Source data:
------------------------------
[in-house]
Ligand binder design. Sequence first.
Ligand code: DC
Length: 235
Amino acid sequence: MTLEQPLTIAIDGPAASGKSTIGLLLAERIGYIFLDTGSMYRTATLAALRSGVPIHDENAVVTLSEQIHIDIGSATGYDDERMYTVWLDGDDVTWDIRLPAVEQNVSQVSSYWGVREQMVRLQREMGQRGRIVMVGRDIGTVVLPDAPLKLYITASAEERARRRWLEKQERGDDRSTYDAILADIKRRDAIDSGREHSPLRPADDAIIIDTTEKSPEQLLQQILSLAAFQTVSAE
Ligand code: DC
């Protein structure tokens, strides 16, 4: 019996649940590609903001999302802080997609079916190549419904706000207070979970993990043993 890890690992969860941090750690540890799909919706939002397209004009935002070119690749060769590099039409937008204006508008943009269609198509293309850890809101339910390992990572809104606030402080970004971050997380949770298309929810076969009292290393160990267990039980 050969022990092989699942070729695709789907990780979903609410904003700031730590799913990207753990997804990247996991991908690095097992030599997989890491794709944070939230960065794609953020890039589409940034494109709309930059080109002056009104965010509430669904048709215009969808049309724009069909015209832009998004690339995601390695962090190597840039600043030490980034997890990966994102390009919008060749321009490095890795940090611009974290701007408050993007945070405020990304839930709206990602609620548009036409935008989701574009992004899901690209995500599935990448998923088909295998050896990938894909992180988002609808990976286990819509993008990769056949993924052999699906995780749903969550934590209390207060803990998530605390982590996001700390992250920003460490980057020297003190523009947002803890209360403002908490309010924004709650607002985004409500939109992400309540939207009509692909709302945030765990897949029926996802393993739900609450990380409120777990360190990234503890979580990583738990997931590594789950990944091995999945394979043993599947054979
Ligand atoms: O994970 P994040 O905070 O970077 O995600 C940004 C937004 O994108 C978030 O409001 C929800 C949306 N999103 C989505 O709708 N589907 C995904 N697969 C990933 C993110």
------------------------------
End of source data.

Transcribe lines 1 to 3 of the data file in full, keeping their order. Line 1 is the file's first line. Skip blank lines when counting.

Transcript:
[in-house]
Ligand binder design. Sequence first.
Ligand code: DC